procedurally defaulted regardless of whether Landers exhausted it. The Court will
therefore not apply the exhaustion requirements to this claim.
d. Blood specimens from the victim’s body
Last, Landers argues that the state violated his rights to due process by failing to
turn over and/or destroying blood samples taken from the victim’s body. The state argues
that Landers failed to present this claim for relief on both his direct appeal and his Rule
32 proceedings. However, Landers did present this claim in his Rule 32 petition.
Landers discusses in the section entitled “Ground A” how important the blood samples
from both the glasses and the body of the victim were to the prosecution’s case. He
alleges numerous times that he requested the blood specimens, but that both the forensic
lab had either destroyed or consumed through testing both the blood from the victim’s
glasses and the samples taken from the body. Landers also alleges that the state’s failure
to turn over the “blood specimens,” presumably referring both to the blood found on the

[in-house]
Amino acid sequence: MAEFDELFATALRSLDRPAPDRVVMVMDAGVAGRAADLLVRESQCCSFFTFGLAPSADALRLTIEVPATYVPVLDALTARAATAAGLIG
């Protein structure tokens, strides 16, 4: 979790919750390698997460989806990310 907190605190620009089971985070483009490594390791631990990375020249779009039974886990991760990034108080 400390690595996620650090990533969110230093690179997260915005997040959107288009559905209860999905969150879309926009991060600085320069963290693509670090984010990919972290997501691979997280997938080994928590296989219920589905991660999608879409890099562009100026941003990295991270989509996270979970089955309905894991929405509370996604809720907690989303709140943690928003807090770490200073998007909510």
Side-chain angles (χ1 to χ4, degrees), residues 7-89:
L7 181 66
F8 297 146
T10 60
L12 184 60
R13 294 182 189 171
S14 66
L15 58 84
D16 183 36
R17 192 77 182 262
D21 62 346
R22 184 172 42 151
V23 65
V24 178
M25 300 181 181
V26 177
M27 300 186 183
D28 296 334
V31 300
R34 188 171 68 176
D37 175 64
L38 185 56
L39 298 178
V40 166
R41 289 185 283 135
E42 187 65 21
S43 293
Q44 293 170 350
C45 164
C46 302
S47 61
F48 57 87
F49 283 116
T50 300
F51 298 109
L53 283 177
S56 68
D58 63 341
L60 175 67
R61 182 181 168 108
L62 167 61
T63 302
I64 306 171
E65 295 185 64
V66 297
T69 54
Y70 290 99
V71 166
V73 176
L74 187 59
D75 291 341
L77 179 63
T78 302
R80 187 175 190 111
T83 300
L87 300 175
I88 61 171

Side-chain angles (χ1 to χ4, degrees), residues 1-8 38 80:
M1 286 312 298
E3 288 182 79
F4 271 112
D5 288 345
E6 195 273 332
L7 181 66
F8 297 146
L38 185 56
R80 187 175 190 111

glasses and the blood taken from the victim, violated his due process rights. However, on
appeal, the Court of Criminal Appeals overlooked Landers’s claim that the state violated
his due process rights by failing to turn over the vial of the victim’s blood. Instead, the
court only considered Landers’s claims that the state should have turned over the blood
samples the state took from the two locations on the victim’s glasses. Nothing in the
record indicates that Landers brought this oversight to the Court’s attention. Accordingly,
the state courts did not get a fair opportunity to apply the prevailing constitutional
standard to Landers’s claim regarding the vial of blood. Therefore, Landers’s claim was
not initially exhausted.
Alabama Rule of Criminal Procedure 32.2(c) provides that a petition for relief
under Rule 32 must be filed within one year after the issuance of the certificate of